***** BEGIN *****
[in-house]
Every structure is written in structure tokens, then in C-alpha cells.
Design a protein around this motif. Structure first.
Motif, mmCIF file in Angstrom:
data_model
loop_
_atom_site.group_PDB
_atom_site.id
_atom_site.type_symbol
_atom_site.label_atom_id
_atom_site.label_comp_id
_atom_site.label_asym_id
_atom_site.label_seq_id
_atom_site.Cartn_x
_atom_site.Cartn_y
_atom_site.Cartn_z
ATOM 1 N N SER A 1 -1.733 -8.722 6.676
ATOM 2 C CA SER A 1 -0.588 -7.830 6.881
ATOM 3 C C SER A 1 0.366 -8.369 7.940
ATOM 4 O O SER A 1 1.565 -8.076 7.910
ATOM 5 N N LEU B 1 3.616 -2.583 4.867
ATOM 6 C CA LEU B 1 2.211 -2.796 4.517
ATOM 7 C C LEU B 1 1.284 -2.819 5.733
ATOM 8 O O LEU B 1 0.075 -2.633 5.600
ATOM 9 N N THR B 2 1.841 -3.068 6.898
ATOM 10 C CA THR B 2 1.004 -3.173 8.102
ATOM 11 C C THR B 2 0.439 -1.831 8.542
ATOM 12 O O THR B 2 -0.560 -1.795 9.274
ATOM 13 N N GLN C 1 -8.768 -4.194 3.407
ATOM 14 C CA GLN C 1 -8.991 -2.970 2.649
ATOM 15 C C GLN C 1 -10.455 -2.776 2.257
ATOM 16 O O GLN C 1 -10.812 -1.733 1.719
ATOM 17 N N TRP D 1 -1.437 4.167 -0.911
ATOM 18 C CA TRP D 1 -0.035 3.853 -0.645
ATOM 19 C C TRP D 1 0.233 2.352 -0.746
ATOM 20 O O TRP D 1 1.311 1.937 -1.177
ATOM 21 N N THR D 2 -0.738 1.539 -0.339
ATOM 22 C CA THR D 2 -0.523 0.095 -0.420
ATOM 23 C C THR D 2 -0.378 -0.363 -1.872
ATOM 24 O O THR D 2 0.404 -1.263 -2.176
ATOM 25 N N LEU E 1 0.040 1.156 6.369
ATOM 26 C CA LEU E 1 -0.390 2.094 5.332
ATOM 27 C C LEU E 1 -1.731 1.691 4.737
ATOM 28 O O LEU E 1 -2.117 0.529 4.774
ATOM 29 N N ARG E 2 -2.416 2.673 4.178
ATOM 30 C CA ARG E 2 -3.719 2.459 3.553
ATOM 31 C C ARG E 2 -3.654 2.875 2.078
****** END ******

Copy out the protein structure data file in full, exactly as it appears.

[in-house]
Every structure is written in structure tokens, then in C-alpha cells.
Design a protein around this motif. Structure first.
Motif, mmCIF file in Angstrom:
data_model
loop_
_atom_site.group_PDB
_atom_site.id
_atom_site.type_symbol
_atom_site.label_atom_id
_atom_site.label_comp_id
_atom_site.label_asym_id
_atom_site.label_seq_id
_atom_site.Cartn_x
_atom_site.Cartn_y
_atom_site.Cartn_z
ATOM 1 N N SER A 1 -1.733 -8.722 6.676
ATOM 2 C CA SER A 1 -0.588 -7.830 6.881
ATOM 3 C C SER A 1 0.366 -8.369 7.940
ATOM 4 O O SER A 1 1.565 -8.076 7.910
ATOM 5 N N LEU B 1 3.616 -2.583 4.867
ATOM 6 C CA LEU B 1 2.211 -2.796 4.517
ATOM 7 C C LEU B 1 1.284 -2.819 5.733
ATOM 8 O O LEU B 1 0.075 -2.633 5.600
ATOM 9 N N THR B 2 1.841 -3.068 6.898
ATOM 10 C CA THR B 2 1.004 -3.173 8.102
ATOM 11 C C THR B 2 0.439 -1.831 8.542
ATOM 12 O O THR B 2 -0.560 -1.795 9.274
ATOM 13 N N GLN C 1 -8.768 -4.194 3.407
ATOM 14 C CA GLN C 1 -8.991 -2.970 2.649
ATOM 15 C C GLN C 1 -10.455 -2.776 2.257
ATOM 16 O O GLN C 1 -10.812 -1.733 1.719
ATOM 17 N N TRP D 1 -1.437 4.167 -0.911
ATOM 18 C CA TRP D 1 -0.035 3.853 -0.645
ATOM 19 C C TRP D 1 0.233 2.352 -0.746
ATOM 20 O O TRP D 1 1.311 1.937 -1.177
ATOM 21 N N THR D 2 -0.738 1.539 -0.339
ATOM 22 C CA THR D 2 -0.523 0.095 -0.420
ATOM 23 C C THR D 2 -0.378 -0.363 -1.872
ATOM 24 O O THR D 2 0.404 -1.263 -2.176
ATOM 25 N N LEU E 1 0.040 1.156 6.369
ATOM 26 C CA LEU E 1 -0.390 2.094 5.332
ATOM 27 C C LEU E 1 -1.731 1.691 4.737
ATOM 28 O O LEU E 1 -2.117 0.529 4.774
ATOM 29 N N ARG E 2 -2.416 2.673 4.178
ATOM 30 C CA ARG E 2 -3.719 2.459 3.553
ATOM 31 C C ARG E 2 -3.654 2.875 2.078